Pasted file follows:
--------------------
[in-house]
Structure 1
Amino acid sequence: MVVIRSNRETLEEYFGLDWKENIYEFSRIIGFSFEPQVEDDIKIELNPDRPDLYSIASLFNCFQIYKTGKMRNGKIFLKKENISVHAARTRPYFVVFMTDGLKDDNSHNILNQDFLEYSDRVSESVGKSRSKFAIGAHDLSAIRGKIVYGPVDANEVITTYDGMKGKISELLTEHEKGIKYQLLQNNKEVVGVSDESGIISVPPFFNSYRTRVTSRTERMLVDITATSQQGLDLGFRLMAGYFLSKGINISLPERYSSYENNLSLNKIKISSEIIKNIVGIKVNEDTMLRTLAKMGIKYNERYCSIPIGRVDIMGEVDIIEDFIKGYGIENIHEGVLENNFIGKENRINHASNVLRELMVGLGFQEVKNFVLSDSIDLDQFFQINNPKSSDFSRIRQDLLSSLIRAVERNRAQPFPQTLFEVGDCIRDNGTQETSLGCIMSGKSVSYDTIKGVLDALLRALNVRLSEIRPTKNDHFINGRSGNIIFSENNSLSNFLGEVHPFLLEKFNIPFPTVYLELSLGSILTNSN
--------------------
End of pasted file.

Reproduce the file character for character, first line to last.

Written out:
[in-house]
Structure 1
Amino acid sequence: MVVIRSNRETLEEYFGLDWKENIYEFSRIIGFSFEPQVEDDIKIELNPDRPDLYSIASLFNCFQIYKTGKMRNGKIFLKKENISVHAARTRPYFVVFMTDGLKDDNSHNILNQDFLEYSDRVSESVGKSRSKFAIGAHDLSAIRGKIVYGPVDANEVITTYDGMKGKISELLTEHEKGIKYQLLQNNKEVVGVSDESGIISVPPFFNSYRTRVTSRTERMLVDITATSQQGLDLGFRLMAGYFLSKGINISLPERYSSYENNLSLNKIKISSEIIKNIVGIKVNEDTMLRTLAKMGIKYNERYCSIPIGRVDIMGEVDIIEDFIKGYGIENIHEGVLENNFIGKENRINHASNVLRELMVGLGFQEVKNFVLSDSIDLDQFFQINNPKSSDFSRIRQDLLSSLIRAVERNRAQPFPQTLFEVGDCIRDNGTQETSLGCIMSGKSVSYDTIKGVLDALLRALNVRLSEIRPTKNDHFINGRSGNIIFSENNSLSNFLGEVHPFLLEKFNIPFPTVYLELSLGSILTNSN